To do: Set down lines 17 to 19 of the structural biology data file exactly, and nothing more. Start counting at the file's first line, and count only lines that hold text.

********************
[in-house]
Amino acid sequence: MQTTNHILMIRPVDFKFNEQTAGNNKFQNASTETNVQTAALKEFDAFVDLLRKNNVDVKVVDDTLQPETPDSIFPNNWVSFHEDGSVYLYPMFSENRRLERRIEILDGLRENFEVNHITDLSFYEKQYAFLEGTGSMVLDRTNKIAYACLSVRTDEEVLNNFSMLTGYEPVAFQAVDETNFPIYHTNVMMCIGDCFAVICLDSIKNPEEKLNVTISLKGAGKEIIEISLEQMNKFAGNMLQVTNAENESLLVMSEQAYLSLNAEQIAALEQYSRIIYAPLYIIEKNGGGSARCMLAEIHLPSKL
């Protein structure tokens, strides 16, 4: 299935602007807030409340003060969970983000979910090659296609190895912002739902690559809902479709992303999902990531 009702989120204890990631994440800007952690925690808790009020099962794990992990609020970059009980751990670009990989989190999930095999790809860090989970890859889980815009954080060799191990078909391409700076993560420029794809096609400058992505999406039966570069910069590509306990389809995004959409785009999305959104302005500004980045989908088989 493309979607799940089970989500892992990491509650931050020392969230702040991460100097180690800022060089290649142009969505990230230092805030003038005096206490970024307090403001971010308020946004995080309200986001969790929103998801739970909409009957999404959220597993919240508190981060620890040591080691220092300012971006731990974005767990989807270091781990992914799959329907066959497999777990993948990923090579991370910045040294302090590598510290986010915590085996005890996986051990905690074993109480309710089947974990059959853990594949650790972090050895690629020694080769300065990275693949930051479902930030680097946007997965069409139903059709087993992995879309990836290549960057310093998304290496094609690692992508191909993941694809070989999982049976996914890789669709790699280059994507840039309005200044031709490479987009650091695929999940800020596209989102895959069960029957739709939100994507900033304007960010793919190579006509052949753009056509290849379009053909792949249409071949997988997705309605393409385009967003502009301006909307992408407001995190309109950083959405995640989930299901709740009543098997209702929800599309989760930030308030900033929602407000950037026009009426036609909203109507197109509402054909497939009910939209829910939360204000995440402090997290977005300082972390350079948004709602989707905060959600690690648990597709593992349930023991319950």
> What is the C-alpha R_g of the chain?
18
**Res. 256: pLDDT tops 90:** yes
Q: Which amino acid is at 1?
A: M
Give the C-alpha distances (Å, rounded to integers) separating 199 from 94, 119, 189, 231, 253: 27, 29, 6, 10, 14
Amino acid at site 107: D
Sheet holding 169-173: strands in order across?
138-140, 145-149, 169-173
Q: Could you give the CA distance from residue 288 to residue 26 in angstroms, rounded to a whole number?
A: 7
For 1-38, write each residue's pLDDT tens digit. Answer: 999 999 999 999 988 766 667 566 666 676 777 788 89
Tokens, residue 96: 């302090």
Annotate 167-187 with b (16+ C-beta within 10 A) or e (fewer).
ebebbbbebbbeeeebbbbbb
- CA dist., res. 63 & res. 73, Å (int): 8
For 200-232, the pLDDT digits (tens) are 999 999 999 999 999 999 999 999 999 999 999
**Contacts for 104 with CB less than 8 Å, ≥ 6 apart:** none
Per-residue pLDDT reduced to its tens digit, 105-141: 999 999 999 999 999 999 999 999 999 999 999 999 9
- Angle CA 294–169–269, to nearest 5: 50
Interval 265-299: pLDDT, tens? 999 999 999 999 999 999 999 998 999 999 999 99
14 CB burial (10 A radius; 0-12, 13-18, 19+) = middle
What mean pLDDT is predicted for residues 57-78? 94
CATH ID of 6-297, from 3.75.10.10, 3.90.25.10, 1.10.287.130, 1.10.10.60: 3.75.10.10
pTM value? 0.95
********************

Annotate 167-187 with b (16+ C-beta within 10 A) or e (fewer).
ebebbbbebbbeeeebbbbbb
- CA dist., res. 63 & res. 73, Å (int): 8